J. Dunne

Dublin Institute of Technology (IRELAND)
Traditional or expository laboratory teaching methods, where students follow a given procedure to obtain a pre-determined outcome will allow students to manipulate equipment, learn standard techniques, collect and interpret data, and communicate the finding in a written report (Bennett & O’Neale, 1999). However recently there has been debate on the merits of these methods. The level of critical thinking required to perform the experiment, and the consequent deep learning achieved is low, and there is no opportunity for creativity or contextualisation (McDonnell, O’Connor & Seery, 2007). Furthermore, the environment required for co-operative learning, which requires students learning together with peer tutoring, towards a common goal, is not facilitated by traditional laboratories (Eilks and co-workers, 2009). A more ideal approach integrates application of knowledge to solve problems, group work, and an opportunity to design experiments, including consideration of the safety aspects (Bennett, Seery & Sovegjarto-Wigbers, 2009). The group work element is particularly important not only in relation to the socio-constructivist perspective on learning, but also because group work probably comes closer to any other single activity in preparing students for employment, and has been highlighted by the IBEC Results of Employer Survey, 2003 as an essential transferable skill.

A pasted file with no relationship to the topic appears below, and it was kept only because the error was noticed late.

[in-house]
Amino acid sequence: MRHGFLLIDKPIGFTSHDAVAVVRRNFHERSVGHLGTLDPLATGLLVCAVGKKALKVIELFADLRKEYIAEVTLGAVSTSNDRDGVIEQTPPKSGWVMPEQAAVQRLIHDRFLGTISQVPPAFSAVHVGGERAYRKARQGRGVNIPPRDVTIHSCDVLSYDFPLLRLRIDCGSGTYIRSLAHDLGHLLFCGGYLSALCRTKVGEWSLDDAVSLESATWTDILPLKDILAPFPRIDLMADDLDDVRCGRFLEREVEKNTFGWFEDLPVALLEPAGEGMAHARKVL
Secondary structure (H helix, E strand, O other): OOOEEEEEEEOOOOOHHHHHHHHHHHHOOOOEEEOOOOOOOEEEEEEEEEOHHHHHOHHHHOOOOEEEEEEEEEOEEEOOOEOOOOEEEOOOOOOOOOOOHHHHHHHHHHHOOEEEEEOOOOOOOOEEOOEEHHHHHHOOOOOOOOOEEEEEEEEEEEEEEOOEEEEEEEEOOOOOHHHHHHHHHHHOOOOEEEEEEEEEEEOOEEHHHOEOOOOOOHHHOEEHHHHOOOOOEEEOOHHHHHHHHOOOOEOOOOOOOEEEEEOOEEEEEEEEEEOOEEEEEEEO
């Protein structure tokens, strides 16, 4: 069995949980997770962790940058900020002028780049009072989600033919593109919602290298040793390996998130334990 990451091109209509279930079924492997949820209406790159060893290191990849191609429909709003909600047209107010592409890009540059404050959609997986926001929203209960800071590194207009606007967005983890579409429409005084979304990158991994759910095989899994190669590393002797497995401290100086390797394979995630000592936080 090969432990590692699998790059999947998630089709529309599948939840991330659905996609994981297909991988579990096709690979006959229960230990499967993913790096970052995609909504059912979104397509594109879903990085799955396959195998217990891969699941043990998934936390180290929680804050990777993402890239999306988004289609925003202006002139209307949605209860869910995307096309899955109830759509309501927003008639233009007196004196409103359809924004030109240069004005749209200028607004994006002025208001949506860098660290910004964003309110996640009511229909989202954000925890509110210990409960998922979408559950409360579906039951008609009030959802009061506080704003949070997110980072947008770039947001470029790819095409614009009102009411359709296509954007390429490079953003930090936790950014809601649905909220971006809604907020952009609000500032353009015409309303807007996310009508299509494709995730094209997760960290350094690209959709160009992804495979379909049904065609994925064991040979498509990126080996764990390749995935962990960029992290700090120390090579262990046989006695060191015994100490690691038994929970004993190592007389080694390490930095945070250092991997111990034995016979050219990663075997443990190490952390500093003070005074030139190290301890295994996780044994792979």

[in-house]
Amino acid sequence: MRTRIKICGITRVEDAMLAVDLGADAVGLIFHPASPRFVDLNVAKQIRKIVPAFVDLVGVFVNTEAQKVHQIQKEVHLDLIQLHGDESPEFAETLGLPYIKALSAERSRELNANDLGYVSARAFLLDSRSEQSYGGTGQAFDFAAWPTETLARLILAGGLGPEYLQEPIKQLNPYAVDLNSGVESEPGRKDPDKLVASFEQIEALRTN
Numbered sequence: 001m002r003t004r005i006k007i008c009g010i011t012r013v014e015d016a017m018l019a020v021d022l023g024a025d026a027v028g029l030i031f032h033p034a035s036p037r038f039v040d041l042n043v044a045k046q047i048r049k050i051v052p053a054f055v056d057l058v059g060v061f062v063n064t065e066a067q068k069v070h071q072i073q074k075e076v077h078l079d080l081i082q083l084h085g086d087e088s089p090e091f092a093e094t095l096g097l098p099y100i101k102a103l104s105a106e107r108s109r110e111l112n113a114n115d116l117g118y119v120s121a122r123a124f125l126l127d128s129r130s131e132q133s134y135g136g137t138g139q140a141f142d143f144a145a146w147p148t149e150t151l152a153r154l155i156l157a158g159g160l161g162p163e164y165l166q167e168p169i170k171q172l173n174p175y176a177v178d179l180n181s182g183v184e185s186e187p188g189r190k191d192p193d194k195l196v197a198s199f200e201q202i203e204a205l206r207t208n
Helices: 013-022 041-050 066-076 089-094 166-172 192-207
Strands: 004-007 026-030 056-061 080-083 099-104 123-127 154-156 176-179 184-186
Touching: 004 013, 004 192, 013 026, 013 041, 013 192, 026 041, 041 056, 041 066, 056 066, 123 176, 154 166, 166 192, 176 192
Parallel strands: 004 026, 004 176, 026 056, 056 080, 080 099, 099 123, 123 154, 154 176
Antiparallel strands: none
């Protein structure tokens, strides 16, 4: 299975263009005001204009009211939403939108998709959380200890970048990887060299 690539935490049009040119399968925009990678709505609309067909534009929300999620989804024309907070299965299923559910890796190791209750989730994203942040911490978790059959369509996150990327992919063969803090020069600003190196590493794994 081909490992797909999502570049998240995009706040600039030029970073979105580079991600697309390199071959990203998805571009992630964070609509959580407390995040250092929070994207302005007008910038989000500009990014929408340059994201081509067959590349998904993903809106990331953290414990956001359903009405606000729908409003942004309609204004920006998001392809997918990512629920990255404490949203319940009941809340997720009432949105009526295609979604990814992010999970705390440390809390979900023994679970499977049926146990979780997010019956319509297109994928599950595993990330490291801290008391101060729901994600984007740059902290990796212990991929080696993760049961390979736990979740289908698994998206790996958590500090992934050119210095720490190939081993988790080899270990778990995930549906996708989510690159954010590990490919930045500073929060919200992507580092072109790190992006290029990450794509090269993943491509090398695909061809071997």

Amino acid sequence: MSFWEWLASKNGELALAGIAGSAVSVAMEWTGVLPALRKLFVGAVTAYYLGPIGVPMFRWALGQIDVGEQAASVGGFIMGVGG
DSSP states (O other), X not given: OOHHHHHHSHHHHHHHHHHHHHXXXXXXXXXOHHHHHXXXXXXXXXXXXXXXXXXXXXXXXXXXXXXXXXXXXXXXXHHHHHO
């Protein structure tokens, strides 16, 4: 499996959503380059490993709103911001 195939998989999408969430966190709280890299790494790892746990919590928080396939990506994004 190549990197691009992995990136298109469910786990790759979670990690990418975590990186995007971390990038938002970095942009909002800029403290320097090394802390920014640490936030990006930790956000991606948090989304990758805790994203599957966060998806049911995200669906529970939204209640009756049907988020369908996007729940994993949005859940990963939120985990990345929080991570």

This abstract describes a project involving the re-structuring of Food Chemistry laboratory practicals associated with two related modules, with the aim of adding to the learning outcomes of traditional laboratory teaching methods through redesigning learning activities, implementing appropriate and timely feedback processes, and integrating transferable skills including group work and presentation skills. In the first module students worked in groups to ‘run’ the practical for the rest of the class. The method was provided to the group, who then researched the necessary theory to provide the pre-practical presentation. The group was responsible for liaising with the technician to requisition the necessary chemicals and equipment for the experiment. They were also accountable for the safety aspects. On the day, they were in charge of organizing the lab, and explaining the theory, the method, and afterwards, the calculations. The process was repeated in the second module, however the group were also required to devise their own experiment, and were guided through suitable literature to aid this process. In both modules, anonymous peer marking of group members was a component of the assessment.

Group laboratory report submissions were a feature of these modules. Weekly face to face feedback sessions allowed representatives from each group to peer review and discuss the written reports of all groups, and to get expert feedback from the teacher. A generic scripted summary of this feedback was recorded by the teacher using Audacity software, and available to listen directly or download from the Institute’s VLP Webcourses. This was used in preparation of a final individual lab report.

Pedagogical evaluation took the form of an anonymous multiple choice questionnaire (n=32) and an independent academic facilitated discussion forum (n=8). Results which will be presented suggest a very positive reaction to the restructured modules.